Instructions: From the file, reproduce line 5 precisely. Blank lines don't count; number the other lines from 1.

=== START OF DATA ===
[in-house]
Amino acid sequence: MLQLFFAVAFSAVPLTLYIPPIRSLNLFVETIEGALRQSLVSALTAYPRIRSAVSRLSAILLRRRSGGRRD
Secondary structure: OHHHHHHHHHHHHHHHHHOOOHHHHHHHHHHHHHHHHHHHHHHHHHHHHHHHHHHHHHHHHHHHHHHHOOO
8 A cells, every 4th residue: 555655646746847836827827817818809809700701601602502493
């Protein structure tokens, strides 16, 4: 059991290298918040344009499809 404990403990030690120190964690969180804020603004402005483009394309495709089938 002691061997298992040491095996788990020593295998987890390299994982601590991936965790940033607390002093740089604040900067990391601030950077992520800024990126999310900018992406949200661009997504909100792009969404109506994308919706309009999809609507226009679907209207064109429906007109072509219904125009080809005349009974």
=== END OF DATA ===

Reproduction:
């Protein structure tokens, strides 16, 4: 059991290298918040344009499809 404990403990030690120190964690969180804020603004402005483009394309495709089938 002691061997298992040491095996788990020593295998987890390299994982601590991936965790940033607390002093740089604040900067990391601030950077992520800024990126999310900018992406949200661009997504909100792009969404109506994308919706309009999809609507226009679907209207064109429906007109072509219904125009080809005349009974």